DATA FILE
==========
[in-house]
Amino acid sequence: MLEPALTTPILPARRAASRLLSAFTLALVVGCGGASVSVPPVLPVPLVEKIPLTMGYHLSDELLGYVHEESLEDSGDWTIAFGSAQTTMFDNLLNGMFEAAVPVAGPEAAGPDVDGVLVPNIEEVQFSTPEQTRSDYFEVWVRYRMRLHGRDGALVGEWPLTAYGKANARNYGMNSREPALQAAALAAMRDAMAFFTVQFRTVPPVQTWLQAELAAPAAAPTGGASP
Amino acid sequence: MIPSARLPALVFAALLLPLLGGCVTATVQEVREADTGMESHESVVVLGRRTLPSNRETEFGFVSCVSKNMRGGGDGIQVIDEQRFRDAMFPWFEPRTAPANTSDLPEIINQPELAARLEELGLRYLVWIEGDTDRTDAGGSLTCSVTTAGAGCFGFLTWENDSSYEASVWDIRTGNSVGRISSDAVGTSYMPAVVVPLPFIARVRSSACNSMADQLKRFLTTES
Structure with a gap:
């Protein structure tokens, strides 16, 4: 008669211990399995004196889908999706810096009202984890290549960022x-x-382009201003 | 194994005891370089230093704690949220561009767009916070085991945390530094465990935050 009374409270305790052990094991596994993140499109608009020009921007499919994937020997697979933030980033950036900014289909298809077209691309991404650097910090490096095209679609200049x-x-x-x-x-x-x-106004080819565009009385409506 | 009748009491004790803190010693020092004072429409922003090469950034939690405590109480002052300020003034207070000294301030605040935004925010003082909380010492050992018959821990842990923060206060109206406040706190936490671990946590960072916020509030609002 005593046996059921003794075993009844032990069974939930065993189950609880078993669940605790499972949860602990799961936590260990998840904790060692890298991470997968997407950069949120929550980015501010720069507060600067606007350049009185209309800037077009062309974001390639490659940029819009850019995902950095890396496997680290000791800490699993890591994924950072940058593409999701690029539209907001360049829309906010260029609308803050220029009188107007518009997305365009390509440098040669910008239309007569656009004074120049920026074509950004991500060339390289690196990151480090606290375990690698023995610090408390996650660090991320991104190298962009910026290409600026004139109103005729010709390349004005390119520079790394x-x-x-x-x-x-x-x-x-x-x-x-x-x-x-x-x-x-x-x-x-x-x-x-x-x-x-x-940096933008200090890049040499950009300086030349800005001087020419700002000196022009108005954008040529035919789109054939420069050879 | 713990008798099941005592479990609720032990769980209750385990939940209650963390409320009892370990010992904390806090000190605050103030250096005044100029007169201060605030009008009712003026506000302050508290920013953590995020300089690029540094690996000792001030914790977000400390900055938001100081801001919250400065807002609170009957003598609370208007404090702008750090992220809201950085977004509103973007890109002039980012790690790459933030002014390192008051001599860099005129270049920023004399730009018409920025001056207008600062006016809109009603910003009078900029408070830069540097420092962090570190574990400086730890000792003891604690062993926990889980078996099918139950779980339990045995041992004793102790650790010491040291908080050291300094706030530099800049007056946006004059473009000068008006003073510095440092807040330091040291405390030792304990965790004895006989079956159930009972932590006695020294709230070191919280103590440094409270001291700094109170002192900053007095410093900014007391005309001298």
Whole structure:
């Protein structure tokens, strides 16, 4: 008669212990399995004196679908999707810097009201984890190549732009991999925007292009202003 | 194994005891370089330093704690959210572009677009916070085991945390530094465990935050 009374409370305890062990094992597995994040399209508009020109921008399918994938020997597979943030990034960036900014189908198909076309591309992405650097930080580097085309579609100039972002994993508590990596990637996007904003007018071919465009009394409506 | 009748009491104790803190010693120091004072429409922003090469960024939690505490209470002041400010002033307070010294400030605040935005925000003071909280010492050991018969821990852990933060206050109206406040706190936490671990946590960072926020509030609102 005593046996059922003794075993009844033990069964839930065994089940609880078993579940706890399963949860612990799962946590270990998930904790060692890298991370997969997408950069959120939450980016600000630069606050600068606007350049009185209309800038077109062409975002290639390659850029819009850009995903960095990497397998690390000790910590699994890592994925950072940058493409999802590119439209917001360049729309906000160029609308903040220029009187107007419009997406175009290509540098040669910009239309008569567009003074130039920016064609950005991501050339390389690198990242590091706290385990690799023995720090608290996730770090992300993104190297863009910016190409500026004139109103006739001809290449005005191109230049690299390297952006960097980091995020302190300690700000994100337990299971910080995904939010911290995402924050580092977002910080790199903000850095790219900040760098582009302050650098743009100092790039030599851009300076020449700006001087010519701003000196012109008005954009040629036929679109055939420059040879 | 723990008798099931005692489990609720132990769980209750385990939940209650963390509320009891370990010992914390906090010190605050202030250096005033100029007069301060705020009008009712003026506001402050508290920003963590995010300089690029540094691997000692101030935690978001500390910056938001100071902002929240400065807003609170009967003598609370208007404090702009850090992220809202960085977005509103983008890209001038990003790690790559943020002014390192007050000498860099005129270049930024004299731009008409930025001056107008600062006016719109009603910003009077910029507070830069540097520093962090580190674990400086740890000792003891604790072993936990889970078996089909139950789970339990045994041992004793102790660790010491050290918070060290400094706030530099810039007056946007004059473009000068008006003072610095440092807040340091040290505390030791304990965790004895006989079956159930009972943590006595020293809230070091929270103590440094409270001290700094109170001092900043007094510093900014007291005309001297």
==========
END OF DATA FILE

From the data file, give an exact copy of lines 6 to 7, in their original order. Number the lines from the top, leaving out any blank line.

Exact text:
Whole structure:
């Protein structure tokens, strides 16, 4: 008669212990399995004196679908999707810097009201984890190549732009991999925007292009202003 | 194994005891370089330093704690959210572009677009916070085991945390530094465990935050 009374409370305890062990094992597995994040399209508009020109921008399918994938020997597979943030990034960036900014189908198909076309591309992405650097930080580097085309579609100039972002994993508590990596990637996007904003007018071919465009009394409506 | 009748009491104790803190010693120091004072429409922003090469960024939690505490209470002041400010002033307070010294400030605040935005925000003071909280010492050991018969821990852990933060206050109206406040706190936490671990946590960072926020509030609102 005593046996059922003794075993009844033990069964839930065994089940609880078993579940706890399963949860612990799962946590270990998930904790060692890298991370997969997408950069959120939450980016600000630069606050600068606007350049009185209309800038077109062409975002290639390659850029819009850009995903960095990497397998690390000790910590699994890592994925950072940058493409999802590119439209917001360049729309906000160029609308903040220029009187107007419009997406175009290509540098040669910009239309008569567009003074130039920016064609950005991501050339390389690198990242590091706290385990690799023995720090608290996730770090992300993104190297863009910016190409500026004139109103006739001809290449005005191109230049690299390297952006960097980091995020302190300690700000994100337990299971910080995904939010911290995402924050580092977002910080790199903000850095790219900040760098582009302050650098743009100092790039030599851009300076020449700006001087010519701003000196012109008005954009040629036929679109055939420059040879 | 723990008798099931005692489990609720132990769980209750385990939940209650963390509320009891370990010992914390906090010190605050202030250096005033100029007069301060705020009008009712003026506001402050508290920003963590995010300089690029540094691997000692101030935690978001500390910056938001100071902002929240400065807003609170009967003598609370208007404090702009850090992220809202960085977005509103983008890209001038990003790690790559943020002014390192007050000498860099005129270049930024004299731009008409930025001056107008600062006016719109009603910003009077910029507070830069540097520093962090580190674990400086740890000792003891604790072993936990889970078996089909139950789970339990045994041992004793102790660790010491050290918070060290400094706030530099810039007056946007004059473009000068008006003072610095440092807040340091040290505390030791304990965790004895006989079956159930009972943590006595020293809230070091929270103590440094409270001290700094109170001092900043007094510093900014007291005309001297």